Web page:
You admit that for 40 years at least we have been exacting £1,500,000 too much from the people of India. It will inevitably bring a claim on this country for arrears. When a previous Government attempted to come to a financial adjustment with Mr. de Valera he sent in an account dated from a period which occurred shortly after the Norman Conquest. We are going to have the same thing on a small scale in regard to India; and I hope that no hon. Member imagines that we are going to get any sort of settlement by this Vote. The right hon. Member for Horsham spoke of a settlement. What sort of a settlement is this? The report of the committee is really only a chairman's report; every member of the tribunal has a dissenting minute. The Indian members of the tribunal have repudiated responsibility for the sort of settlement which the Government are now proposing, and the India Office, voicing Indian public opinion, have also repudiated completely the sort of settlement which is proposed in this Vote. Therefore, there is no settlement. You merely admit that for 40 years you have been taking £1,500,000 too much out of the people of India. That is not going to do our prestige in India any good. That is not going to improve the feelings between India and this country. It must inevitably lay the foundation for further claims against the taxpayers of Great Britain.

These considerations, of course, would not count very heavily if I thought that the claim was just, but I oppose the Vote because I think the claim is unjust. If you consider what England has done for India and what India has done for England, then India is enormously and incalculably in our debt, and not the least of the great services we have rendered India is to maintain, at a great strain on this country, an army there which is absolutely essential for the preservation of law and order. I think that in demanding that the people of India should pay the cost of that army, we are only doing what is fair and just both to the people of India as well as to the people of England. For these reasons I deplore the decision of the Government to mortgage the financial resources of this country to a capital amount of between £40,000,000 and £50,000,000, in perpetuity, at a time when we cannot possibly afford such an expenditure and in a manner which is not going to bring us a word of thanks from the political agitators in India. You are going to have this flung back at you, just as you will have the White Paper flung back at you. You are not going to win any friends by this concession; you are merely going to impose a burden on the taxpayers of this country which is going to stand in the way of social services and national defence, and in the way of every cause which at the present moment is being starved for lack of money. If my right hon. Friend the Member for Epping goes to a Division I shall, for these reasons, support him in the Lobby.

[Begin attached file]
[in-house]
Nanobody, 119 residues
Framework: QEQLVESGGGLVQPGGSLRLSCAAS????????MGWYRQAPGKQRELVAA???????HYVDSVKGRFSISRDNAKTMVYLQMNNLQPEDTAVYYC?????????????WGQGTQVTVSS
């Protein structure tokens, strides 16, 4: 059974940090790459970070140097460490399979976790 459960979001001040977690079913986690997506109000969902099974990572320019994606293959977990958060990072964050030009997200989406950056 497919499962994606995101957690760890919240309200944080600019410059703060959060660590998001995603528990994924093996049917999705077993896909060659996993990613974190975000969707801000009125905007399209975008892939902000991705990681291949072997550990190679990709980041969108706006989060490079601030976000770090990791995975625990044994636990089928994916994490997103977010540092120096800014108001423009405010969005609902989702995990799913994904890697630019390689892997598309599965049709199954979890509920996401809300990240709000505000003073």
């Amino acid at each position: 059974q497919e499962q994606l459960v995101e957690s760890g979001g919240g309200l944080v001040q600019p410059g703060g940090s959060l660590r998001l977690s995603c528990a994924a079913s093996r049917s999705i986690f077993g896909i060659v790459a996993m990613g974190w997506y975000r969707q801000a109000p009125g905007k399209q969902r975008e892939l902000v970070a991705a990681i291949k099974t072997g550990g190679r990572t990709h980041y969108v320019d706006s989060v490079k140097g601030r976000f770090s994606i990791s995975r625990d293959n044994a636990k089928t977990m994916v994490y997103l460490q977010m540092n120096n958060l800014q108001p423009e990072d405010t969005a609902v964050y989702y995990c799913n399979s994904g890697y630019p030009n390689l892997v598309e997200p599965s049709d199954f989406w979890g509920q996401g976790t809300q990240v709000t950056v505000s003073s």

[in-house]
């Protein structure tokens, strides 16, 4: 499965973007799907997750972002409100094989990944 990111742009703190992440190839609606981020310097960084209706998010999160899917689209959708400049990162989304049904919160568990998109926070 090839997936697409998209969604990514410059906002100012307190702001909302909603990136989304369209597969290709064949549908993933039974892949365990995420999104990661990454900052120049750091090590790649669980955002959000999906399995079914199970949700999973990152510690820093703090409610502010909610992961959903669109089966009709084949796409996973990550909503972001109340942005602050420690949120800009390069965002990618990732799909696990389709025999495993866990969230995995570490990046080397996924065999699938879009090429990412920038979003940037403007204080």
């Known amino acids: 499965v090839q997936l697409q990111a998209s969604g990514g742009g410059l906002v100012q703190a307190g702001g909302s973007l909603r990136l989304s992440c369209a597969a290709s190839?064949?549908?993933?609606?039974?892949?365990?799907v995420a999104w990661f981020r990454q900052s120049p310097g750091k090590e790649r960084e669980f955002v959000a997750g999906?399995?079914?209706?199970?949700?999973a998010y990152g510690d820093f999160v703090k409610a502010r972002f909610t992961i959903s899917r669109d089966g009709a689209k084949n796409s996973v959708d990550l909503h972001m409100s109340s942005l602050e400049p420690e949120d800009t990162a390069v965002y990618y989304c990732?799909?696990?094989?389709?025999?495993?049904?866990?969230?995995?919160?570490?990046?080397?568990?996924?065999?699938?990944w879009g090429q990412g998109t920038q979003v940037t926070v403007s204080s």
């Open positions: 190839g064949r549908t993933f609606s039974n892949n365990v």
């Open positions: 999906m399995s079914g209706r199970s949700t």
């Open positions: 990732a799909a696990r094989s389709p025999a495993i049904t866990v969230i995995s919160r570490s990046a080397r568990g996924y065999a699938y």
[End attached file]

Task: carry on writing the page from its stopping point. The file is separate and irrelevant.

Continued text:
6.24 p.m.


I was delighted to hear the right hon. Member for Aldershot (Viscount Wolmer) say so clearly that the considerations which he has been putting before the Committee for the last few minutes will not weigh with him at all against the one cardinal question as to what is the justice of the case. It was vitally important that he should have made that statement, because it is easy to raise prejudices and ask whether we can afford this or that; it is easy to say that capitalised this charge represents an enormous outlay for the country. That argument can be used in the case of every expenditure which this House is asked to consider. There is not a single Vote which we pass that cannot be capitalised and magnified into an enormous charge—it may be correct in some cases—upon the people of this country for all time. It is true that this is a burden on the taxpayer; every Vote we pass is a burden on the taxpayer. The argument has really very little to do with the question. It is not a question of whether we have to pay out of the pockets of the taxpayer or at the expense of other services; that argument carries us nowhere. The real point is, what is the justice of the case? Are we right in making a contribution to the cost of the British Army in India, or are we wrong? Are we entitled to refuse to make such a contribution? If we are not entitled to refuse, if it is a just claim, then there is no point in raising questions of prejudice about the burden on the taxpayer, and all the rest of it. I say that there is no other matter for consideration except the bare question of the justice of the case.